## Abstract

Migration is widespread among animals, but the factors that influence the decision to migrate are poorly understood. Within a single species, populations may be completely migratory, completely sedentary or partially migratory. We use a population model to derive conditions for migration and demonstrate how migratory survival, habitat quality and density dependence on both the breeding and non-breeding grounds influence conditions for migration and the proportion of migrants within a population. Density dependence during the season in which migratory and sedentary individuals use separate sites is necessary for partial migration. High levels of density dependence at the non-shared sites widen the range of survival values within which we predict partial migration, whereas increasing the strength of density dependence at the shared sites narrows the range of survival values within which we predict partial migration. Our results have important implications for predicting how contemporary populations with variable migration strategies may respond to changes in the quality or quantity of habitat.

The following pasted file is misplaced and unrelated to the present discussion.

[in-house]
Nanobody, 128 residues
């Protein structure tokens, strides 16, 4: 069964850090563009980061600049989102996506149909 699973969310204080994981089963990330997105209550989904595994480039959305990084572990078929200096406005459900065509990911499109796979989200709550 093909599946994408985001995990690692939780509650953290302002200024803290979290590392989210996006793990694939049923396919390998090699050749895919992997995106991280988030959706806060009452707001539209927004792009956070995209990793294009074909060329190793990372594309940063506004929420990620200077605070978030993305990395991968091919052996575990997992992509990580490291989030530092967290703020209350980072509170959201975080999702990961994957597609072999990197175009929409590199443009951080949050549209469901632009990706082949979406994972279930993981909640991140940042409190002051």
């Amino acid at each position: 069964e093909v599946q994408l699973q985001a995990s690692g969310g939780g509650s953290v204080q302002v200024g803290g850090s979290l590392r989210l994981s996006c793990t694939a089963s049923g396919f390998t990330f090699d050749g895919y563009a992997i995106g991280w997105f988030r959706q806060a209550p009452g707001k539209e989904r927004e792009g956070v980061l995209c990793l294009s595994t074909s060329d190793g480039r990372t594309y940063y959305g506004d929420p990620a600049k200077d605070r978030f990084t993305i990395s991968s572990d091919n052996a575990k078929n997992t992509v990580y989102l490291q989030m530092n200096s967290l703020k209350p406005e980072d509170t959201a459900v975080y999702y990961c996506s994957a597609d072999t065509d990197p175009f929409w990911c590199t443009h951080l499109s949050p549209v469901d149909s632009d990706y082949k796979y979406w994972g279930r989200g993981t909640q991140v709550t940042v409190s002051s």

## 1. Introduction

Annual migration is a widespread adaptation to seasonally varying environments, but the factors that influence the decision to migrate are poorly understood. Within a species, populations may be completely migratory, completely sedentary or partially migratory. Partial migration, where some individuals within the population migrate and others do not, occurs in a wide array of taxa including insects, fishes and birds (Lundberg 1988; Dingle 1996). Breeding experiments demonstrate that migratory behaviour in birds can be selected for, or against, in few generations (Berthold *et al*. 1990; Berthold 2003), suggesting that degree of migration in natural populations can be rapidly influenced by environmental or demographic factors.